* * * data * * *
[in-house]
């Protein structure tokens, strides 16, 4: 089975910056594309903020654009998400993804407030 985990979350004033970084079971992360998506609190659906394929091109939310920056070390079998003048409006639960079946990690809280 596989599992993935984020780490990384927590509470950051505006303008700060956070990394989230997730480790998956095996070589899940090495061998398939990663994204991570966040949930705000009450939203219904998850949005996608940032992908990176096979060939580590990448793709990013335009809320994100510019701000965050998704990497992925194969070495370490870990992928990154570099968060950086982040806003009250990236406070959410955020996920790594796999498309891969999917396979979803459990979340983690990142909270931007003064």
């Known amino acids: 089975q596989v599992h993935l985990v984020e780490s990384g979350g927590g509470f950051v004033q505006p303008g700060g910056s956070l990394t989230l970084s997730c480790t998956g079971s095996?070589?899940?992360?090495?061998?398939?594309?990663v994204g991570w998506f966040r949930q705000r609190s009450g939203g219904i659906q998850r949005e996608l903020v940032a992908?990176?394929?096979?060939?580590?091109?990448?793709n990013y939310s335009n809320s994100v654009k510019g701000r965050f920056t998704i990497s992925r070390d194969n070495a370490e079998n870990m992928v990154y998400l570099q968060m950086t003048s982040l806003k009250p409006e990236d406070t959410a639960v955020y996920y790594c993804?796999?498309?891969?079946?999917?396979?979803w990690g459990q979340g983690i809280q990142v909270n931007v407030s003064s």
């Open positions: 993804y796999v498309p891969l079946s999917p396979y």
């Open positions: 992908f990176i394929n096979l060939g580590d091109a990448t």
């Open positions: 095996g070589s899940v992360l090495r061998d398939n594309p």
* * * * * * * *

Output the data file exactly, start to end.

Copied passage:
[in-house]
């Protein structure tokens, strides 16, 4: 089975910056594309903020654009998400993804407030 985990979350004033970084079971992360998506609190659906394929091109939310920056070390079998003048409006639960079946990690809280 596989599992993935984020780490990384927590509470950051505006303008700060956070990394989230997730480790998956095996070589899940090495061998398939990663994204991570966040949930705000009450939203219904998850949005996608940032992908990176096979060939580590990448793709990013335009809320994100510019701000965050998704990497992925194969070495370490870990992928990154570099968060950086982040806003009250990236406070959410955020996920790594796999498309891969999917396979979803459990979340983690990142909270931007003064």
């Known amino acids: 089975q596989v599992h993935l985990v984020e780490s990384g979350g927590g509470f950051v004033q505006p303008g700060g910056s956070l990394t989230l970084s997730c480790t998956g079971s095996?070589?899940?992360?090495?061998?398939?594309?990663v994204g991570w998506f966040r949930q705000r609190s009450g939203g219904i659906q998850r949005e996608l903020v940032a992908?990176?394929?096979?060939?580590?091109?990448?793709n990013y939310s335009n809320s994100v654009k510019g701000r965050f920056t998704i990497s992925r070390d194969n070495a370490e079998n870990m992928v990154y998400l570099q968060m950086t003048s982040l806003k009250p409006e990236d406070t959410a639960v955020y996920y790594c993804?796999?498309?891969?079946?999917?396979?979803w990690g459990q979340g983690i809280q990142v909270n931007v407030s003064s």
């Open positions: 993804y796999v498309p891969l079946s999917p396979y």
């Open positions: 992908f990176i394929n096979l060939g580590d091109a990448t």
């Open positions: 095996g070589s899940v992360l090495r061998d398939n594309p």